I know that for MTLS , both parties , Client and server exchange certificates. These certificates should be signed by a CA that both parties can trust in order to validate the certificate.

My question is , does MTLS also means in addition to verifying the certificate (if CA is trusted, leaf certificate is trusted) , either side (Server or client) can also do some additional checks like Hostname check or Whether the client connecting to the server is in the list of approved trusted entities?

Can anyone point me to the mTLS specification and what are the overheads in mTLS?

5 Answers 5


Besides what EJP has said about "MTLS" term, the TLS 1.2 specification doesn't have strict requirements regarding what information is to be checked and in which way.

It's up to the receiving party to decide if the presented certificate is to be trusted or not. This means that for example it's ok for the server to accept only certificates issued by the CA that belongs to the company that owns the server. This is how client-bank access systems often work - they accept only certificates issued by the bank and the common name of such certificate must correspond to the username provided in a web form.

Both parties are free to check any information in the certificate including direct comparison of public key hash (thus only particular keypairs will work no matter what is contained in other certificate properties).


The most up todate RFC regarding this subject is:

https://datatracker.ietf.org/doc/draft-ietf-oauth-mtls/ this is an extension to OAuth 2.0

The purpose of this document is to define a mechanism how TLS certificate is used in a context of replacing Client ID and Secret (aka, Client Credentials)

The standard establishes two mechanisms how a TLS Certificate is used as a client credential, and the associated token flows, and attributes.

The general summary of this is:

(a) Authorization Server: checks the certificate either according to PKI (signed by a valid root) The RFC does not define the options, but they are pretty self-explanatory and depend on the use case. But it can be (1) certificate is signed by a trusted root and, is not revoked, (2) individually recognize each certificate based on some logic.

(b) Resource server checks the token and client certificate (client credential, or CC), and used in the underlying TLS session. Please note that there are no validation checks concerning the certificate or its origin at TLS layer, all checks are performed at an Application layer. The resource server should, therefore, configure the TLS stack in a way that it does not verify whether the certificate presented by the client during the handshake is signed by a trusted CA certificate.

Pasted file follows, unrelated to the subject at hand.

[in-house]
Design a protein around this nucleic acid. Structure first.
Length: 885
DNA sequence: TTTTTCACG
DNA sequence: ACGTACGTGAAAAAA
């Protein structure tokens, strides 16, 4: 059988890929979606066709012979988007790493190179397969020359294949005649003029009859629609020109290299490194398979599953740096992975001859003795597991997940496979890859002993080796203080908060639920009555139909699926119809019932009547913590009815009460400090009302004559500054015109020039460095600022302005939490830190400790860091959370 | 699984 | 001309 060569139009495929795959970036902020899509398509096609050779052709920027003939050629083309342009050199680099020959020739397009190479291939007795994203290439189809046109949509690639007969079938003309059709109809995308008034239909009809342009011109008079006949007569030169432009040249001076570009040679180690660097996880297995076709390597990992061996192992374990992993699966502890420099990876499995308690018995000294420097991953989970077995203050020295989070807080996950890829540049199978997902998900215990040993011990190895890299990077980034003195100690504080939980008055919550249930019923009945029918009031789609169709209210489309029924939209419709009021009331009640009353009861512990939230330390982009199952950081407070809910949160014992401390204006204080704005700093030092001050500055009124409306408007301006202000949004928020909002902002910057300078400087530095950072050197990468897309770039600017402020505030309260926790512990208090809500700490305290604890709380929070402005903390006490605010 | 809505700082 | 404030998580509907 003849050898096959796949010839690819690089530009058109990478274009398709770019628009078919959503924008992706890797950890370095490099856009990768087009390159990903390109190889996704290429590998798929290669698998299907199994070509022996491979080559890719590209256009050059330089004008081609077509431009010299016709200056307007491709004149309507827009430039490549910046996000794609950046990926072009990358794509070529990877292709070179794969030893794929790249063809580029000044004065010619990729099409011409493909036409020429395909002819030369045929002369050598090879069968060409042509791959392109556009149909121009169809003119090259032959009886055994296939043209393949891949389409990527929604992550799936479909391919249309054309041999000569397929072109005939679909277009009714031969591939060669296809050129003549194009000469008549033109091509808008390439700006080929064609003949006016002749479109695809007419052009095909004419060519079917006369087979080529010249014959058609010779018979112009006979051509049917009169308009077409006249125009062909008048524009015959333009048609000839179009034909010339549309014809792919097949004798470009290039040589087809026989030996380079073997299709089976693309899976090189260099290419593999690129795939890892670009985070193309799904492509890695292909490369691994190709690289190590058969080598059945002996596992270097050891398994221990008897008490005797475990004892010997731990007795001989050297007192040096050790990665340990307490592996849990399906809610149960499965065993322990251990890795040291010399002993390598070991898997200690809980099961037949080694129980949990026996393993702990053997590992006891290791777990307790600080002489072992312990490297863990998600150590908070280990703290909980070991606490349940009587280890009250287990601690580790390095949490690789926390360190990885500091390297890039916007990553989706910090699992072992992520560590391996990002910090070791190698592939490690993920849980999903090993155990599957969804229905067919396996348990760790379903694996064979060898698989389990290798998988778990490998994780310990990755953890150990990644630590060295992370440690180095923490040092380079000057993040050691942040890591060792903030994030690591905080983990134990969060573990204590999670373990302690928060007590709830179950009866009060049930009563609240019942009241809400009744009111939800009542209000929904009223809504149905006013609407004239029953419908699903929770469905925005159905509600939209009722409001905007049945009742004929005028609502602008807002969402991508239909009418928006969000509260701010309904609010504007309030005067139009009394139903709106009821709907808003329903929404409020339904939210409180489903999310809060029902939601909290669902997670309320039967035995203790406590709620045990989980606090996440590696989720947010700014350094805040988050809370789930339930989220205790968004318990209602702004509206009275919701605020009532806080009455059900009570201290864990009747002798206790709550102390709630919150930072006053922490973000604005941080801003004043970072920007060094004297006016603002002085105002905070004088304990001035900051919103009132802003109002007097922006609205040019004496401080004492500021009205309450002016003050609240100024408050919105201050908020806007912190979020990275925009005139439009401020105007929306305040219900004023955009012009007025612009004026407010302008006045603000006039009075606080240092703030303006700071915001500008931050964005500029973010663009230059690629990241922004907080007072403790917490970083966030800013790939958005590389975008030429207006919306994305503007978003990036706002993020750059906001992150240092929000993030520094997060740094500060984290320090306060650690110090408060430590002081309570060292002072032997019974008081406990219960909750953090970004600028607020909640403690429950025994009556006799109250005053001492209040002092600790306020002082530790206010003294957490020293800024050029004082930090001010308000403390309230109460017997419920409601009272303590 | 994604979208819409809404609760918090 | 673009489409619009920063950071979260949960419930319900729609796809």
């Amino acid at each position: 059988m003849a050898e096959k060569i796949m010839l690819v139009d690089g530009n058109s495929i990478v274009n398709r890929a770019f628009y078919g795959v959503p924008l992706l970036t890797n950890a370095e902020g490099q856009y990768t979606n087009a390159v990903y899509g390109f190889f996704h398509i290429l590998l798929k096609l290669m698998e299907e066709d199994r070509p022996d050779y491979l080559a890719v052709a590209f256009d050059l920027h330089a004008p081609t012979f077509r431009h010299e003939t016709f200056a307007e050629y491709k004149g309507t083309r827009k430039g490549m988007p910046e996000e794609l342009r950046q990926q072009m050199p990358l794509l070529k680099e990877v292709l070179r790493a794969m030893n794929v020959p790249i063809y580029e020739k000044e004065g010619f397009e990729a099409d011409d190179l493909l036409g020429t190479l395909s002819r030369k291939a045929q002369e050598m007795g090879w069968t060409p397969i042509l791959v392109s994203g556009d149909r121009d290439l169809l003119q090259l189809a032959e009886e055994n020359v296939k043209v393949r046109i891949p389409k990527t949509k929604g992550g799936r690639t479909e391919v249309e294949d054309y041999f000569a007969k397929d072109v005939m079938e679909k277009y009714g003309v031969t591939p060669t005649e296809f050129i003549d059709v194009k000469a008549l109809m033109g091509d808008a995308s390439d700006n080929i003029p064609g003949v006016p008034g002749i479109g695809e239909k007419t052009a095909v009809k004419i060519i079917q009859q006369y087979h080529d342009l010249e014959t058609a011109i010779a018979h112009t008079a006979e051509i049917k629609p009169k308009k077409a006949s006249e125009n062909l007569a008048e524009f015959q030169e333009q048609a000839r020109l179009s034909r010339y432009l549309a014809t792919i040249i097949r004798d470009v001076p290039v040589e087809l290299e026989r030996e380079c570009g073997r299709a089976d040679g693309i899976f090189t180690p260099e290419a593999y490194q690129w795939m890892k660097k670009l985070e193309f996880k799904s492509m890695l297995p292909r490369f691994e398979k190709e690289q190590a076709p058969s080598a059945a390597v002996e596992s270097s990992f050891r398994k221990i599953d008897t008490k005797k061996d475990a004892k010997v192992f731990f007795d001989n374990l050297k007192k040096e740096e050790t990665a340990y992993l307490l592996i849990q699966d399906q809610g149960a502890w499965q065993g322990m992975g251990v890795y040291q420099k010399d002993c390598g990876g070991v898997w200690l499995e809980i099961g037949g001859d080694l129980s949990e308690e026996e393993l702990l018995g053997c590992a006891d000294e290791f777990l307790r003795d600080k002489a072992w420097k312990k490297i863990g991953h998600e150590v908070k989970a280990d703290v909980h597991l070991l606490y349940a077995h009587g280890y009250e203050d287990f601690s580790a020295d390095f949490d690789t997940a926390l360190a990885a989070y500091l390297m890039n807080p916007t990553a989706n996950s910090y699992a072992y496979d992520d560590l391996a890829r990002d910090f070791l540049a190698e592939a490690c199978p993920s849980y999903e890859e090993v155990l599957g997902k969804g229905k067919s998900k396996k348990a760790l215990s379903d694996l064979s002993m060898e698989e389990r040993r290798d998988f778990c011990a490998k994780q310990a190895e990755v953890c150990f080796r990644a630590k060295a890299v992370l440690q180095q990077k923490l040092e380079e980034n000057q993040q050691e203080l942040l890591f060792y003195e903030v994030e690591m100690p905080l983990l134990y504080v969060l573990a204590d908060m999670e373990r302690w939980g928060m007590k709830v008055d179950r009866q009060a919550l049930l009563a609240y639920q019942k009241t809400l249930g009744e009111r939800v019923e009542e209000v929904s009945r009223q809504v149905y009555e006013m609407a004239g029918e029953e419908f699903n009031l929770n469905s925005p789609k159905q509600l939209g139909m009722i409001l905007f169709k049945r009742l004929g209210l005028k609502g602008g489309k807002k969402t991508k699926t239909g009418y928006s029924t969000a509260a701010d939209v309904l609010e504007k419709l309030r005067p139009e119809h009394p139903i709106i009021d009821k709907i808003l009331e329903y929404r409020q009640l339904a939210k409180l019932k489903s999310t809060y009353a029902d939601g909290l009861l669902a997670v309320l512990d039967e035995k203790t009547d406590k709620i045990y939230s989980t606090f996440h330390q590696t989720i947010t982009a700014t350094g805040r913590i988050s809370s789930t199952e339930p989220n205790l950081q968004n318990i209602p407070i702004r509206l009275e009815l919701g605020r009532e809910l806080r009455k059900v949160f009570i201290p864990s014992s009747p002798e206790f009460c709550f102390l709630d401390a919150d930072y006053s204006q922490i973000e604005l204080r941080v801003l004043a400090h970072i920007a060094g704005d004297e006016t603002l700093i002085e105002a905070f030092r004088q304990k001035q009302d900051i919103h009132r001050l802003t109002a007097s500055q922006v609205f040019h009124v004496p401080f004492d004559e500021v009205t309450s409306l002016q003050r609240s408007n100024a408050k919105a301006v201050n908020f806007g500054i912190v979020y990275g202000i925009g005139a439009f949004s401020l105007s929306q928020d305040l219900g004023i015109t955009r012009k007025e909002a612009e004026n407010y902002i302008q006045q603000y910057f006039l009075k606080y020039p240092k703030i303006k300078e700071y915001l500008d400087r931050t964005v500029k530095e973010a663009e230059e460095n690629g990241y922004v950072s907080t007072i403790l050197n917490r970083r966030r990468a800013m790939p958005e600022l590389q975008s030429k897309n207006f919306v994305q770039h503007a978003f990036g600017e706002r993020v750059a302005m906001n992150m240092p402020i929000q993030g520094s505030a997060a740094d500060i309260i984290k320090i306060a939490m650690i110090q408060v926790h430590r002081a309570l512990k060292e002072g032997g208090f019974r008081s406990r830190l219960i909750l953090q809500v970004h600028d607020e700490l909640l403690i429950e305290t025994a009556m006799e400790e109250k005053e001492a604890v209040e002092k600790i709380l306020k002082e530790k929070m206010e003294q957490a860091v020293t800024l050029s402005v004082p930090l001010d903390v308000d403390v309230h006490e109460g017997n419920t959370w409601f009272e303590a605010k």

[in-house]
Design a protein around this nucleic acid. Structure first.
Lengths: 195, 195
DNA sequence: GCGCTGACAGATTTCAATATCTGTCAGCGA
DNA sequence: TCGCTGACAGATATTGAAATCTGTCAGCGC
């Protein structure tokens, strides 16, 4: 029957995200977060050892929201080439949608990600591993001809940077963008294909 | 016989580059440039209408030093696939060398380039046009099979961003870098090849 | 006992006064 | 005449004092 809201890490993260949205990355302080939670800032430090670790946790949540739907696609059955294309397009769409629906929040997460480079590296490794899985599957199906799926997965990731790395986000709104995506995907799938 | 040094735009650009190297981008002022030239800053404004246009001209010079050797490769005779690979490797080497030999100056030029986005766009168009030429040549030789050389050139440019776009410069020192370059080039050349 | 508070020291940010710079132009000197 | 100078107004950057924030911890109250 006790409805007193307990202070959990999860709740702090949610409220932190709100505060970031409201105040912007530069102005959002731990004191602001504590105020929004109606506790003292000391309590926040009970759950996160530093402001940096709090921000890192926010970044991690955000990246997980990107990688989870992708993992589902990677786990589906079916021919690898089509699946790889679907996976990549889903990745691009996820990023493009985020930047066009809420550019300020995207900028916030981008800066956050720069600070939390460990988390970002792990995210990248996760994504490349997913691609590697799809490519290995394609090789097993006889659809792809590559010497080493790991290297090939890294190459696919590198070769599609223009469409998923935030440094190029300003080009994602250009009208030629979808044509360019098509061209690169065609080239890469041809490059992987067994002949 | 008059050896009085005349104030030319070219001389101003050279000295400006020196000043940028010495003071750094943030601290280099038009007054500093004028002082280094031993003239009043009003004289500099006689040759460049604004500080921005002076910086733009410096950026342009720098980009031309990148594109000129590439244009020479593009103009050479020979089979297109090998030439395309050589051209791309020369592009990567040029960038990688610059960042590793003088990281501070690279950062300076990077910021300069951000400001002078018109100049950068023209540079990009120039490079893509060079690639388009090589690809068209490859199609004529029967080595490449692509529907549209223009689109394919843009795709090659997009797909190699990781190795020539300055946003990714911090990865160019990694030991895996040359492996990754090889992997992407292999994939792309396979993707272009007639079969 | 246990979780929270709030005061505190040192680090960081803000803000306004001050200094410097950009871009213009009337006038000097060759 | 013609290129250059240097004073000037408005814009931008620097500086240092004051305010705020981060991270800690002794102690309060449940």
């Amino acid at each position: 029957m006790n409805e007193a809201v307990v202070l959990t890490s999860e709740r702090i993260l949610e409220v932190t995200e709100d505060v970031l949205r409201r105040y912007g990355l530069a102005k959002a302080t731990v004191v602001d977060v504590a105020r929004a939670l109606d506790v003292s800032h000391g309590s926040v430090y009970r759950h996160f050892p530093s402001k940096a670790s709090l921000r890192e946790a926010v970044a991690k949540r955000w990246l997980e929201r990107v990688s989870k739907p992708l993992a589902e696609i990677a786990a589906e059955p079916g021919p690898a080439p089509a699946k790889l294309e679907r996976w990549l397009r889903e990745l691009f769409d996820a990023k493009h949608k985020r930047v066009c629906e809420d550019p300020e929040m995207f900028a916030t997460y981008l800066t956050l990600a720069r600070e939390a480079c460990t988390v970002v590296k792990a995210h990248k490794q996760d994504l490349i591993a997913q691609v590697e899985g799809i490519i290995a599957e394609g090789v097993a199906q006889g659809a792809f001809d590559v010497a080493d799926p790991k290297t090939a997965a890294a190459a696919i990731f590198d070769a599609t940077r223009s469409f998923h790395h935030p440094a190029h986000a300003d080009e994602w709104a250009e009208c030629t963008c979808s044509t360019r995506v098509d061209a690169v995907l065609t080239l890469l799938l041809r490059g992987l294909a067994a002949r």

This mechanism becomes particularly interesting in some GDPR context, as it makes it impossible to share tokens between client and the server.

Overall a great feature for privacy, and improved security.


mTLS can be implemented by issuing all parties a CA certificate and adding these to all communicating parties, which is a sort of an access control list. Whoever has their CA certificate in your app's trust store is able to connect.

The trust system however is the same as with TLS in the case of a https connection - you can issue several certificates from the same CA and add the root CA certificate to the trust store of your app. It will trust all certificates issued from the same root. This is arguably easier to set up as you only have to add the app's own certificate and the CA root. However, if you want to revoke a certificate, it becomes a little more complicated.

I wrote a guide to generate certificates here:


First: Both server and client certificates have to be built with the same CA certificate and key

see : https://github.com/ysimonx/mtls-ssl-generator/blob/main/generate_certificates.sh

So you have to store the CA certificate on both sides :

  • On the server side : you can allow (this is optional) a client that provides client cert built with the same CA than its own certificate. (see rejectUnauthorized: true)
 https: {
    requestCert: true,
    rejectUnauthorized: true,
    key: fs.readFileSync("./certificates/server/serverKey.pem"),
    cert: fs.readFileSync("./certificates/server/serverCrt.pem") ,
    ca: [fs.readFileSync("./certificates/ca/caCrt.pem")]

(exemple for a fastify nodejs https self-signed certificate server)

  • On the client side : you can allow (this is optional too) a server that provides (or not) the same CA certificate as the client knows
curl -k --cert ./certificates/client/clientCrt.pem --key ./certificates/client/clientKey.pem https://localhost:3000/

(parameter -k : do not verify the server certificate based upon a CA authority)


curl --cacert ./certificates/ca/caCrt.pem --cert ./certificates/client/clientCrt.pem --key ./certificates/client/clientKey.pem https://localhost:3000/

if you want the client to match the correct CA cert used by the server


There is no 'MTLS Specification', for the very good reason that there is no such thing as 'MTLS'. You just made it up. The TLS specification, including mutual authentication, is to be found in RFC 2246 as amended.

The TLS APIs should make the peer certificate chain available to the application, so it can do any additional checking it likes.

'MTLS', insofar as it exists at all, refers to an Internet Draft for multiplexed TLS.

  • thanks. I would like to understand a bit more about additional checking. Can you give me some examples ?
    – user839917
    Oct 26, 2013 at 0:35
  • You keep asking questions about things you have defined yourself and asking what they mean. Suppose you give me some examples of 'additional checking'? You've given two in your question, but the one about trusted entities is already taken care of by the API.
    – user207421
    Oct 26, 2013 at 1:46

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